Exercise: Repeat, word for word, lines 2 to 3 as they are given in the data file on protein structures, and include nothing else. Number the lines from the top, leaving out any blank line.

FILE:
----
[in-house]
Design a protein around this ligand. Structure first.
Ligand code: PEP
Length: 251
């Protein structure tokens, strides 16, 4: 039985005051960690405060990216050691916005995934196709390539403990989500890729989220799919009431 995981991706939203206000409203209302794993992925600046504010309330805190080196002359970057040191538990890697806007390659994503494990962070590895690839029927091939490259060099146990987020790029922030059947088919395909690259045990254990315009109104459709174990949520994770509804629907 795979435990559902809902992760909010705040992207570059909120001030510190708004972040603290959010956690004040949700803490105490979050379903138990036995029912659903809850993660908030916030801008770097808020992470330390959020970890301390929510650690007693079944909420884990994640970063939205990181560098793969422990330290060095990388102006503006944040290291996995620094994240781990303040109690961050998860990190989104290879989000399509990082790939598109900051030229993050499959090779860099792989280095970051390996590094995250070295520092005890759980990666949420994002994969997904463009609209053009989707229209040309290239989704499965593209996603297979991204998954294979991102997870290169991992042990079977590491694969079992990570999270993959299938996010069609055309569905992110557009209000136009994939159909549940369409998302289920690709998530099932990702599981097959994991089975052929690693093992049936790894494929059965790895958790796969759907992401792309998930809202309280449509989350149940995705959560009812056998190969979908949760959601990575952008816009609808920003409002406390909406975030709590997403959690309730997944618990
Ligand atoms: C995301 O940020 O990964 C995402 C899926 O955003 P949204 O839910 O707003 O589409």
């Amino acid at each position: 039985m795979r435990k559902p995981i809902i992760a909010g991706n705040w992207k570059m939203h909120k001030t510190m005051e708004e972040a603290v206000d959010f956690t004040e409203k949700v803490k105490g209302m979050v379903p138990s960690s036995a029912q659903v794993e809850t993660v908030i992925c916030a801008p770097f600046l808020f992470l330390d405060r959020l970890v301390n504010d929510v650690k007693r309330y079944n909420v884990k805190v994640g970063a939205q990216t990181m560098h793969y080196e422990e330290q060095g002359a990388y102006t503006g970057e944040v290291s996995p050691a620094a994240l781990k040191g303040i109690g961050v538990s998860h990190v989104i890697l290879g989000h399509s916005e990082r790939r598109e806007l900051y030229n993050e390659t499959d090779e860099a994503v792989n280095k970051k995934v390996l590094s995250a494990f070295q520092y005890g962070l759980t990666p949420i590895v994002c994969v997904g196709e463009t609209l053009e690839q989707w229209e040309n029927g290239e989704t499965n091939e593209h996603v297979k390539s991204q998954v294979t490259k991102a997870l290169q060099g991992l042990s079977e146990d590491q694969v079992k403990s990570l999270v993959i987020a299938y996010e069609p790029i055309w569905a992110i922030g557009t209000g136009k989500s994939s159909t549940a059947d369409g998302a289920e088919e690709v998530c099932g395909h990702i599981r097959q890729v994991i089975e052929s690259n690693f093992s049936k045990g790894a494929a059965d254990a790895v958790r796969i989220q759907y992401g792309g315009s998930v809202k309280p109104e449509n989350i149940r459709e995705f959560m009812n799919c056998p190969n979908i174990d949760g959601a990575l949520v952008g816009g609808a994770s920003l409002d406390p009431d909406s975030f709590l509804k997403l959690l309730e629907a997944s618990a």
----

Design a protein around this ligand. Structure first.
Ligand code: PEP